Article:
A cost-benefit analysis revealed that a tentative uprating to 125 MW would yield a benefit that exceeded many times over the cost associated with uprating and rehabilitation. Additional benefits would accrue due to the improvement in water turbine efficiency. The investigative work on the turbine performance concluded that replacement turbine runners could give a turbine output of 127.5 MW under a net head of 94 m consistent with a generating set output of 125 MW.

The increase in efficiency offered by new runners means that for the same water flow, energy production from the station can be increased. Weighted average efficiencies for the existing turbine and the uprated turbine were estimated based on the proportion of time the sets were run at different outputs, resulting in an improvement in weighted average efficiency of 1.7 percentage points. This improvement was compared with the fuel cost at Hwange coal-fired power station, yielding a capitalised saving over 30 years of Z$20.1 million ($0.464 million) at 1993 prices.

The feasibility study was refined by further work performed between 1986 and 1993. It was decided that the generator transformers required refurbishment, including new HV windings which, due to the employment of modern insulation techniques, increased the transformer rating to 140 MVA.

Overall, the cost-benefit analysis concluded that the principal benefit arises from the existing plant capacity made available for a further 30 years, with secondary benefits arising from installation of improved turbine runners.

The assessment of the additional capacity was based on an average uprated output, taking into account head variations, yielding a value of 75 MW. The value of this capacity calculated in 1993 was Z$337.5 million.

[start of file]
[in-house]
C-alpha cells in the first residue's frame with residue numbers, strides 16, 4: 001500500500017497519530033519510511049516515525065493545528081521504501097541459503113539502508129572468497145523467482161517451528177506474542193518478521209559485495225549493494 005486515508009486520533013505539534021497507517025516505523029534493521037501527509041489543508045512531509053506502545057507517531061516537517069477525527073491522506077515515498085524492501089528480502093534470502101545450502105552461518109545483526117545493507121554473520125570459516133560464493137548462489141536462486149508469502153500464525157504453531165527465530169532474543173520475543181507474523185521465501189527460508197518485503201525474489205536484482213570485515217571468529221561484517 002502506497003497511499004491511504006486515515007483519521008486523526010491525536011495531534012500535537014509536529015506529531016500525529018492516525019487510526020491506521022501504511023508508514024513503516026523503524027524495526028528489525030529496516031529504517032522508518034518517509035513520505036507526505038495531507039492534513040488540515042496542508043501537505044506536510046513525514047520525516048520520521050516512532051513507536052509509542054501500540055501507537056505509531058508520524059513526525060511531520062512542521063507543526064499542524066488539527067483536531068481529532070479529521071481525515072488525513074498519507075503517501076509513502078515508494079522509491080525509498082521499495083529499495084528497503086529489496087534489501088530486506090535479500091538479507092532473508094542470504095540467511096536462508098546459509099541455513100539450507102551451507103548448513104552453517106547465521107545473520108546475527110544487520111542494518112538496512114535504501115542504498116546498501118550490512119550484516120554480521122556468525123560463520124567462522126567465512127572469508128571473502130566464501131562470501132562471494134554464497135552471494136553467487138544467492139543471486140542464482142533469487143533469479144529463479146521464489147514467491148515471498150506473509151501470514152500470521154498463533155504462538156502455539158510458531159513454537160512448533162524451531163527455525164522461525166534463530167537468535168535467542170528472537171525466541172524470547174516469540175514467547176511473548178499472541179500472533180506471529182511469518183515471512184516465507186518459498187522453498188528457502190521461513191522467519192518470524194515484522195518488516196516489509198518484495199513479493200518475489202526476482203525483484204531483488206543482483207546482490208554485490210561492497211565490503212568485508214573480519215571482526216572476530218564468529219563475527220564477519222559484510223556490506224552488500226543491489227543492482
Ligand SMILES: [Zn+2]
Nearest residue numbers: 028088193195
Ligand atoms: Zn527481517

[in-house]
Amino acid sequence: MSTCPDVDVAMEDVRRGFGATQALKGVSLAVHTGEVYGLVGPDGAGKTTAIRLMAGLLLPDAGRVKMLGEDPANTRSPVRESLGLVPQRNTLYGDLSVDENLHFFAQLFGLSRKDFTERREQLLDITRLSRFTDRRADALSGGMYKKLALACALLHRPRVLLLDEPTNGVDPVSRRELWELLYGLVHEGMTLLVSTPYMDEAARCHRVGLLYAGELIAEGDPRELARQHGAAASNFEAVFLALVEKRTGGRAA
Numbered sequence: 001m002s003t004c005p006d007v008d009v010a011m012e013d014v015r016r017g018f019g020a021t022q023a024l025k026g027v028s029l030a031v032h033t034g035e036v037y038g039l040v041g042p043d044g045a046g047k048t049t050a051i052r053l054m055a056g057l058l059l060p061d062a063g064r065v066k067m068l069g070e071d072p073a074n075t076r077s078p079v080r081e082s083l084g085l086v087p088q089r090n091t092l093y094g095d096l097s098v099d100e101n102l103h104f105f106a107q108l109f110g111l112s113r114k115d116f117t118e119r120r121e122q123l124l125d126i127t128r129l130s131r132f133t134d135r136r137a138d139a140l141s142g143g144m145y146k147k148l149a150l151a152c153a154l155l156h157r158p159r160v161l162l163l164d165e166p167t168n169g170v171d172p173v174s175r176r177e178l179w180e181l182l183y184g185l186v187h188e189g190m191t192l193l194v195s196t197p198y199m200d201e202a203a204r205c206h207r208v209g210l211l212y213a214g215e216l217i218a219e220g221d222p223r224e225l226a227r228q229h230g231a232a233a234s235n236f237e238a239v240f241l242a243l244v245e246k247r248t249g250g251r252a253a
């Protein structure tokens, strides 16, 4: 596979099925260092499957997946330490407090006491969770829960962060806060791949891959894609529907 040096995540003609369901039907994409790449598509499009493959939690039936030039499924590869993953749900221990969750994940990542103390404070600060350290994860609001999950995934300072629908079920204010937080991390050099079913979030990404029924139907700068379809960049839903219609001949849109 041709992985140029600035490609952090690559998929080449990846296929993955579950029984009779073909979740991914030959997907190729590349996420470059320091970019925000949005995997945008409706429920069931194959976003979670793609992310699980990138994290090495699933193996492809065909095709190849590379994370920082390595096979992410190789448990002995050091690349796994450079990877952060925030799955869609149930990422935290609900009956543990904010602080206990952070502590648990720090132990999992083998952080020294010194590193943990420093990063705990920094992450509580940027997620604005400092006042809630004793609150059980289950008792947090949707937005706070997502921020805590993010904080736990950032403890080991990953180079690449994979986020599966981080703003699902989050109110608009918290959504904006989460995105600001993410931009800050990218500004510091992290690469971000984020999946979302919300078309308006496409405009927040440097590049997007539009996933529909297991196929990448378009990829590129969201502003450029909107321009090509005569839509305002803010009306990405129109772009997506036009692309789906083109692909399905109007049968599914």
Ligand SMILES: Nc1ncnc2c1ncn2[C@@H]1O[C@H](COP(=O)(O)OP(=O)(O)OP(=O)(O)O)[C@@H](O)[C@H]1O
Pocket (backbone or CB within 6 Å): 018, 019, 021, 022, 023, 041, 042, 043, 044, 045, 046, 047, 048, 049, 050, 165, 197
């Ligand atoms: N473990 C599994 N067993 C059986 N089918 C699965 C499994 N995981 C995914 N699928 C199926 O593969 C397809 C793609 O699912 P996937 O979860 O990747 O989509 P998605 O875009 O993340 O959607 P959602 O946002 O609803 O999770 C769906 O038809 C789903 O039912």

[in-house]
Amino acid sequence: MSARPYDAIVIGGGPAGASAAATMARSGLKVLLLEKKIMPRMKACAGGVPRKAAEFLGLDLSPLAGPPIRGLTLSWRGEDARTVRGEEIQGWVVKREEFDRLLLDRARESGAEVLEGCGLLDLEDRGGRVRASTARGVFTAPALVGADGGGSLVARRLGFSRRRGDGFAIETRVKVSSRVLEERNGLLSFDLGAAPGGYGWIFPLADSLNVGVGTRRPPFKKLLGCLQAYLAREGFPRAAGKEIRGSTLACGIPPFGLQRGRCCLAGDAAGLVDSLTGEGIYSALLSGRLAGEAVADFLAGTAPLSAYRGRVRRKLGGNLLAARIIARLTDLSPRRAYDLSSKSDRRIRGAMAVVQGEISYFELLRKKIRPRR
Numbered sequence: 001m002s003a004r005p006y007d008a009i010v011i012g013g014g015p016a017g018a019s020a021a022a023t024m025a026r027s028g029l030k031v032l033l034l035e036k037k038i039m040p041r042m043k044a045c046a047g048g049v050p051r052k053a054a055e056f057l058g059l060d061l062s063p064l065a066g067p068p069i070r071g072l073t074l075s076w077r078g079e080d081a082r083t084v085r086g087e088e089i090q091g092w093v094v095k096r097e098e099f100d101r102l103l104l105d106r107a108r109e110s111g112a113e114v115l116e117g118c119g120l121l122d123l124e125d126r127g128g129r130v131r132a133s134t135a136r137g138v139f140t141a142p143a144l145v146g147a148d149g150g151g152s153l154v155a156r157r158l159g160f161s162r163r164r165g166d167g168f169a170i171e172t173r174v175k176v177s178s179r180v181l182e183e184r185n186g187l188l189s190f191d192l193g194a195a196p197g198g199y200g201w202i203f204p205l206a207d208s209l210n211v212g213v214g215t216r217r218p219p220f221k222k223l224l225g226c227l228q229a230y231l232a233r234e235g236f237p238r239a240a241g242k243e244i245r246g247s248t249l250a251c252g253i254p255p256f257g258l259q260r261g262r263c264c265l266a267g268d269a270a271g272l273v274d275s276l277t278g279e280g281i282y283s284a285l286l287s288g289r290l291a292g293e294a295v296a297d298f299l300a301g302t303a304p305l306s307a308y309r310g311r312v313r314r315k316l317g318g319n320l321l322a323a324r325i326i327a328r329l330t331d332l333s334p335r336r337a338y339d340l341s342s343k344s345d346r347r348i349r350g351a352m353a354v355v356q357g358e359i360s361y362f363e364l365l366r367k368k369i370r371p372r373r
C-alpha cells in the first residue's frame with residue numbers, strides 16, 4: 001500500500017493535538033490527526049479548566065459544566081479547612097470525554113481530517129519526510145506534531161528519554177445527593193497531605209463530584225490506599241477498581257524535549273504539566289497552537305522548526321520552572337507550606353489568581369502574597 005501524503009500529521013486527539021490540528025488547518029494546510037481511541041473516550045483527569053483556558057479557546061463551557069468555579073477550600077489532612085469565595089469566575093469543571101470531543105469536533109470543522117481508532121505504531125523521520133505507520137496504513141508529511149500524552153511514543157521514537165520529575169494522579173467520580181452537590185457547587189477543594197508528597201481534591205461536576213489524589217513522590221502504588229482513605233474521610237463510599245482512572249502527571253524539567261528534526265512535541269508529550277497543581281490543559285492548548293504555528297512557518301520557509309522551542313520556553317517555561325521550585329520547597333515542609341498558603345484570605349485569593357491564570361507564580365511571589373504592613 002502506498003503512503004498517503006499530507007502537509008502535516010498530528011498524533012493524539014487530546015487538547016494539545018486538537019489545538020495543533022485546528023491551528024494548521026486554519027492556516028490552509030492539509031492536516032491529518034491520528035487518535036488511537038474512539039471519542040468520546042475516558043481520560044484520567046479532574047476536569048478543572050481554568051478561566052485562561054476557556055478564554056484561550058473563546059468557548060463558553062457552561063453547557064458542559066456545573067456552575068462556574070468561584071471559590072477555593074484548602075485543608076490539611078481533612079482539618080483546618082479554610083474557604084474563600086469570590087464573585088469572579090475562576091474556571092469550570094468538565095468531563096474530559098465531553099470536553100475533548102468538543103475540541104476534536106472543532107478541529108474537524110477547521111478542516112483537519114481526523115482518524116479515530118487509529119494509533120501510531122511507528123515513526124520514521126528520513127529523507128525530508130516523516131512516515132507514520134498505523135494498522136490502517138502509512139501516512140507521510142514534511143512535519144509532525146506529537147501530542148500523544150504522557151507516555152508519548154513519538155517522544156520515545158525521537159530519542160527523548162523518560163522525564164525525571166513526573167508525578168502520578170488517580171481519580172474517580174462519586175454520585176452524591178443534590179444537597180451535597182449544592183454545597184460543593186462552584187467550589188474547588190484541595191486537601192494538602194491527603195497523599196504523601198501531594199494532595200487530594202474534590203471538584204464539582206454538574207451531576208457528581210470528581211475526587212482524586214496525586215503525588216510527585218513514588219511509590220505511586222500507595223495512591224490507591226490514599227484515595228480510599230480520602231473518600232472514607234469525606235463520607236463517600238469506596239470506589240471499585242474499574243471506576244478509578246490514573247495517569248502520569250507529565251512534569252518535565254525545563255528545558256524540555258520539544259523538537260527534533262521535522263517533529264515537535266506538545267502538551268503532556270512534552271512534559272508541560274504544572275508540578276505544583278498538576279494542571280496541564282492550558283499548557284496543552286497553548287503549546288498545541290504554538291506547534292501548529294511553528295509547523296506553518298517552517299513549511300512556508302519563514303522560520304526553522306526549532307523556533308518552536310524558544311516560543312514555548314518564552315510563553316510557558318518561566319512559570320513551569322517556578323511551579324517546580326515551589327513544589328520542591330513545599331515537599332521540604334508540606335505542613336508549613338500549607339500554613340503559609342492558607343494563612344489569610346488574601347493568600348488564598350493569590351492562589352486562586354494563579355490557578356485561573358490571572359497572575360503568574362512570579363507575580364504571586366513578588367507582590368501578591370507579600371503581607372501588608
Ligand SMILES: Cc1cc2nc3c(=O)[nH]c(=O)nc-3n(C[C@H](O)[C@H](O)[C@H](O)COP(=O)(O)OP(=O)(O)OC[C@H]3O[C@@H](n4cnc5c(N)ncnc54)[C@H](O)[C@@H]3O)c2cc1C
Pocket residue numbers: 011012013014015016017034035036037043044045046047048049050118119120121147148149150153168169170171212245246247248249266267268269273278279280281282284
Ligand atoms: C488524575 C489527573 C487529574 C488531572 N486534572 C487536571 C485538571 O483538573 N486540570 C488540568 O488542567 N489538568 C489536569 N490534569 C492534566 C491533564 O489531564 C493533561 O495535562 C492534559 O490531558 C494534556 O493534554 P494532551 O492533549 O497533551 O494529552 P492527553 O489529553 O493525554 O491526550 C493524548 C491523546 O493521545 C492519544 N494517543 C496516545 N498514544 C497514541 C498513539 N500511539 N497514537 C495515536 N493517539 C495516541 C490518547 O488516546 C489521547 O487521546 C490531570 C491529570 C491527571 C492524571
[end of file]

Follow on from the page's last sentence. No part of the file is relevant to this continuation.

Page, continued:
The cost of refurbishing and uprating Kariba South was estimated to be Z$244 million in 1993, giving a benefit to cost ratio of 1.47 (Z$358 million to Z$244 million). Financing for the project was provided by ZESA, EIB and contractors.

Project implementation

In 1993, ZESA appointed Merz and McLellan, in association with Gibb, to carry out Phase III consultancy services for the engineering, project management and supervision to implement the rehabilitation and uprating to 125 MW of Units 1 to 6 at Kariba South. Tendering for the contracts commenced in 1993.

The refurbishment work has largely been performed as optional work under the contract, with ZESA and Merz and McLellan reviewing the contractor`s recommendations to determine the level of work necessary to achieve the refurbishment objectives. While this can lead to extra costs, it has allowed ZESA to control the amount and cost of refurbishment work being done during the course of the contract.

The turbine refurbishment and uprating work on site was preceded by extensive efforts in terms of both mechanical and hydraulic design, the latter culminating in two laboratory tests of the model for the new Kariba turbine runner. Preliminary and general performance tests were carried out in the water turbine manufacturer`s own hydraulic laboratory before tests in an independent laboratory.

To achieve the efficiency guaranteed in the contract, modifications were required to both the stay vane and guide vane profiles, the former requiring air-arc gouging and grinding of the existing stay vanes while the latter required an extra milling operation to the existing guide vane trailing edges. The next stage was to ensure satisfactory replication between the model runner and the prototype runner.

In February this year, the first of the six refurbished and uprated units was due to be commissioned. The entire project will be complete at the end of 2000, when Kariba South will continue to account for a significant part of electricity production in Zimbabwe.

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Figure 1. Kariba is on the River Zambezi between Zimbabwe and Zambia